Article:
Nestlé first entered the single-cup coffee-brewing market in 1986 with its Nespresso system, a more premium brand than Nescafé Dolce Gusto. Whereas Nespresso is sold only online or in dedicated retail stores, Nescafé Dolce Gusto is offered in supermarkets. Nestlé’s other offerings in the single-cup brewing category include the Nescafé Barista, introduced in 2008 for soluble coffee products, and the Special.T, launched in 2010 in seven European countries and recently in Japan, which can brew up to 25 varieties of tea.
Standardization allows flexibility
Packaging operations for Nescafé Dolce Gusto coffee and milk capsules take place in a 49,000-sq-ft area of the plant that houses capsule-filling, carton-filling, and case-packing equipment. Machines are arranged in an orderly, square footprint, with capsule fillers in two columns on the outside, and two rows of carton and case packers on the inside. Currently, all products are packed in 16-capsule cartons. However, at the time of Packaging World‘s visit to the Girona plant, two carton-filling machines were being validated to accommodate a new Jumbo 30-capsule carton format.
While capsule filling equipment and processes as well as packaging equipment suppliers are proprietary, Frigolé shared that the plant uses cartoners that fill capsules into the primary cartons at speeds to 140 cartons/min. During the packaging operation, after capsules are filled, they are carried by a vertical elevator to the carton-filling machines, which fill the boxes by count.
Because of the variety of products produced at the plant and because some cartons require a mixture of eight beverage and eight milk capsules, flexibility is key.
“Because any capsule can go into the same size box, the combination can be as flexible as you want,” says Frigolé. While in some areas, two capsule fillers may feed one cartoner (as in the case of coffee and milk products), some capsule fillers have their own dedicated cartoner. And, on one side of the packaging room, where there is a bank of three fillers—for Nesquik, milk, and chocolate capsules—the beverage fillers are each directed to one of two cartoners, while the middle milk filler can be directed to either.
After the slotted carton is filled and sealed, it is carried by conveyor over a checkweigher to ensure the correct count in each carton. The carton is then directed to one of three side-load case packers. The case packer loads three cartons into each case and seals it with a glue applicator. Exiting the machine, the sealed carton passes by a print-and-apply labeler, which affixes a label bearing information such as batch number, best-before date, variety name, and barcode.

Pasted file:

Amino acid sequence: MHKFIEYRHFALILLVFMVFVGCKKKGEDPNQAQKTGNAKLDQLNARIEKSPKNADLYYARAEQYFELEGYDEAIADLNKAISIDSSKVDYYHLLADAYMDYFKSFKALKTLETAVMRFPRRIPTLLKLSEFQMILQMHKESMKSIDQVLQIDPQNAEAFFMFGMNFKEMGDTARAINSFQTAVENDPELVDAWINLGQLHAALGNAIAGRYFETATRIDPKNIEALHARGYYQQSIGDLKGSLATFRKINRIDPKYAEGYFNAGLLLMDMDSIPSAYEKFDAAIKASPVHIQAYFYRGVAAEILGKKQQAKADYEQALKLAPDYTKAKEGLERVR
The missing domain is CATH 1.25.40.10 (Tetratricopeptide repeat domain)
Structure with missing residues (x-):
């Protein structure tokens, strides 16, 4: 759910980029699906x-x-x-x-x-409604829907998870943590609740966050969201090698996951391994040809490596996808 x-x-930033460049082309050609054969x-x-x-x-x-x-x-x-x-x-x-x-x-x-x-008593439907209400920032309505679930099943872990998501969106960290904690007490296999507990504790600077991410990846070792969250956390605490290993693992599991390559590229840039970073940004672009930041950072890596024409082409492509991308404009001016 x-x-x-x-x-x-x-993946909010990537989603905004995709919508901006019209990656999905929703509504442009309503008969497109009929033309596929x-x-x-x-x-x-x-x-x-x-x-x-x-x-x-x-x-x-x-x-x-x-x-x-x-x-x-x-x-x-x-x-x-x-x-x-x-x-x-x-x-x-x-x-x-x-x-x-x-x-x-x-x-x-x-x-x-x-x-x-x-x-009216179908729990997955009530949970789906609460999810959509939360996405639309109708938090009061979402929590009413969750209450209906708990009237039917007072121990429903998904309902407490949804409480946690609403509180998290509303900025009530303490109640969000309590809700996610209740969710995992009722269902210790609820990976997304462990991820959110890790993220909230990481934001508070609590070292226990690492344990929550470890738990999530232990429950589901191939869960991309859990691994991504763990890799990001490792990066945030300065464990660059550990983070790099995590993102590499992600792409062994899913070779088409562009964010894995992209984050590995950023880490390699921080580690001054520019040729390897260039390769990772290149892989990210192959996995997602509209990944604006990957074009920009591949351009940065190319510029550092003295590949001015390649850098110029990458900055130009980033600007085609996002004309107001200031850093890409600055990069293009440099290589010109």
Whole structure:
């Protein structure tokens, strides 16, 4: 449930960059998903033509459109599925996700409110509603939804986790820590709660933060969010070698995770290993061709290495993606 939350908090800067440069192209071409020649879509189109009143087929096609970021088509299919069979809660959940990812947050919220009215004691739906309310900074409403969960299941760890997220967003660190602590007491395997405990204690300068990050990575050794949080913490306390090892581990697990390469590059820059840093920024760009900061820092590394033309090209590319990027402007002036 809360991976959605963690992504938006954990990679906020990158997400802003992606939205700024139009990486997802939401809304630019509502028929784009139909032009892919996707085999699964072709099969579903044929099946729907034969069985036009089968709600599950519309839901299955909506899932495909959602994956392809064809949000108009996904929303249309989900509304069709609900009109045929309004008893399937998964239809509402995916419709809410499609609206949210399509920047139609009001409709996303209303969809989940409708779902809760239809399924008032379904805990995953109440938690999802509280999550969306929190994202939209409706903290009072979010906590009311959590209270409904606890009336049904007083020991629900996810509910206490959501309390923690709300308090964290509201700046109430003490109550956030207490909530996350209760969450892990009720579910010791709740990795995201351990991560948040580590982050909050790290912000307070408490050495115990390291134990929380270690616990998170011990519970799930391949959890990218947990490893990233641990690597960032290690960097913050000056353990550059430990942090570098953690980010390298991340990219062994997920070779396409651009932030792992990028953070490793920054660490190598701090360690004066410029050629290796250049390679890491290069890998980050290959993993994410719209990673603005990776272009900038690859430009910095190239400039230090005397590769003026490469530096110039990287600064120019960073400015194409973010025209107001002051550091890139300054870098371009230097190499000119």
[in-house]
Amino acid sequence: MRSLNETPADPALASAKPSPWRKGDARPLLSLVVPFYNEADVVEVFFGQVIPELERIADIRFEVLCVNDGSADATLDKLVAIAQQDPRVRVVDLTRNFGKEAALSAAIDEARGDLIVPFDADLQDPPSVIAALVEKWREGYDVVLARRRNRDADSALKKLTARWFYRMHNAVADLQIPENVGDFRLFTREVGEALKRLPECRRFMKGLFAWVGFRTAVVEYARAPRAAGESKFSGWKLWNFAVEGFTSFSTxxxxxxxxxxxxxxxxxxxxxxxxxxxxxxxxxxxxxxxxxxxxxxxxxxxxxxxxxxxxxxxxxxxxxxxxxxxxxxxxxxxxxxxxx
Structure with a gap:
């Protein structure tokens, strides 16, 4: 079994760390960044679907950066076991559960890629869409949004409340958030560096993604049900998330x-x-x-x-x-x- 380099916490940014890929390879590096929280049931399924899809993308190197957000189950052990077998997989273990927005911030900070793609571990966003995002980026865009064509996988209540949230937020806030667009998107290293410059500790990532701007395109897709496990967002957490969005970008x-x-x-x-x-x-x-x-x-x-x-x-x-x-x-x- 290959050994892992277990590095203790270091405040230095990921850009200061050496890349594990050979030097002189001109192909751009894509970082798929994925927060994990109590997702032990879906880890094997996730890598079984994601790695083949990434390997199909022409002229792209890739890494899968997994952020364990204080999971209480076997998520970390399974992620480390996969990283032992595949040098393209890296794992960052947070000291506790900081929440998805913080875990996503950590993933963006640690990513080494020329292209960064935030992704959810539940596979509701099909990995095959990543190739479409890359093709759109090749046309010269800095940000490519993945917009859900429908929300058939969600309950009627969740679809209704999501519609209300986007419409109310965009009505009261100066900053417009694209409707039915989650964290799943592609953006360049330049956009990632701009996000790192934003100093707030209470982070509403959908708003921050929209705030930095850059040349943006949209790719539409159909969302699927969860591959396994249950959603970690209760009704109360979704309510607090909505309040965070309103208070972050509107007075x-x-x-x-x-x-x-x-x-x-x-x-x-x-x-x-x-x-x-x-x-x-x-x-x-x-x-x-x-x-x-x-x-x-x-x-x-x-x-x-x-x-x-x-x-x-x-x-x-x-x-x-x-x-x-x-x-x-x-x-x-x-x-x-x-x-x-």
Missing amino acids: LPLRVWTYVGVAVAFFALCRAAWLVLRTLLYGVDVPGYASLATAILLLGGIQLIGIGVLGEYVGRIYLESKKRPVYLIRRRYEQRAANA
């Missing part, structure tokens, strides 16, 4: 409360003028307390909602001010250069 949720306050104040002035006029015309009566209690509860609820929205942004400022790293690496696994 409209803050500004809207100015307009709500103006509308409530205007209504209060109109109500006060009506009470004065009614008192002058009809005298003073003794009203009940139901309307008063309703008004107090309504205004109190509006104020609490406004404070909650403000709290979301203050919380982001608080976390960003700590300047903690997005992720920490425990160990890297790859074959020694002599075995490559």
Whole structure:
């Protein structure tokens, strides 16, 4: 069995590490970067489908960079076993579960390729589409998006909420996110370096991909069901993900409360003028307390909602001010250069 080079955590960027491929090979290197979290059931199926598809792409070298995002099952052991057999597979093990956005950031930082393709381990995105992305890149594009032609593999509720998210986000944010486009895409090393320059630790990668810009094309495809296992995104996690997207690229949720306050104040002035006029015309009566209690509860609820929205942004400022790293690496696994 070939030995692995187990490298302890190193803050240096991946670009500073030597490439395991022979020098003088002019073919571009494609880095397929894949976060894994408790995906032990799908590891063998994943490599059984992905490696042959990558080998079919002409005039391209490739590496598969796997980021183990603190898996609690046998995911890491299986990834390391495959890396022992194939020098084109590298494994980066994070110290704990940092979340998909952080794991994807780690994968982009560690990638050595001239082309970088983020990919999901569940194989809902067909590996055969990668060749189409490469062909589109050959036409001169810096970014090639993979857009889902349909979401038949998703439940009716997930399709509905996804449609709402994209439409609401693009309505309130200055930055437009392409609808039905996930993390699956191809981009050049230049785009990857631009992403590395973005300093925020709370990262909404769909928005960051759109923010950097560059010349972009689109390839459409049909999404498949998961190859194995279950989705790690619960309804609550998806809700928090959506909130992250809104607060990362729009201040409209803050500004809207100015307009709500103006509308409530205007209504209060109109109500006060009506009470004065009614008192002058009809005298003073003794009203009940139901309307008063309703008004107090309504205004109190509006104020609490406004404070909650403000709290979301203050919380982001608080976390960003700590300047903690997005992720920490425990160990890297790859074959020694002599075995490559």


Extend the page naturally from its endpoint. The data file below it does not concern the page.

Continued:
Three conventional palletizers palletize cases coming off the three case packers. Pallet loads are then shrink-wrapped on one of two automatic ring-wrapping machines. Wrapped pallets are then carried up an elevator, over a bridge, and to a warehouse. Finished products are exported to more than 20 European countries as well as to the U.S., Canada, Mexico, Brazil, Argentina, and Chile.
As mentioned, the Nestlé Nescafé Dolce Gusto plant places a high priority on process improvement, as embodied by the Nestlé Continuous Excellence program (NCE). Introduced in 2008, NCE is a continuous improvement initiative based on LEAN and TPM principles, implemented to deliver the “Nestlé Model” of steady, 5% to 6% organic sales growth. Says Frigolé, “We bring transparency in operations to our employees. We want to motivate and engage them, and bring them into the day-to-day performance.”
According to Frigolé, the NCE program has three main priorities:
By all accounts, the Nestlé Nescafé Dolce Gusto plant has thrived by using these methods and has been essential in meeting the incredible worldwide growth of the brand. As a 2011 press release from Nestlé reported, after just one year in operation, the facility had already achieved record levels of production. In 2013, Nestlé reported that the overall brand had achieved global sales in 2012 of 740 million, with nearly 30% organic growth in Europe that same year. Since the brand’s introduction in 2006, Nestlé notes that nearly 8 billion capsules have been produced.
In May 2013, Nestlé broke ground on a third Nescafé Dolce Gusto plant in Schwerin, Germany—a nearly US$325 million investment, comprising nearly 540,000 sq ft and 12 production lines, expected to be operational by the end of the year. Said Laurent Freixe, Nestlé’s Zone Director for Europe, at the official ground-breaking ceremony, “Nescafé Dolce Gusto is the leader in the portioned coffee market in 20 countries. With a growth rate of over 50%, it is one of the fastest-growing businesses for Nestlé in Europe.”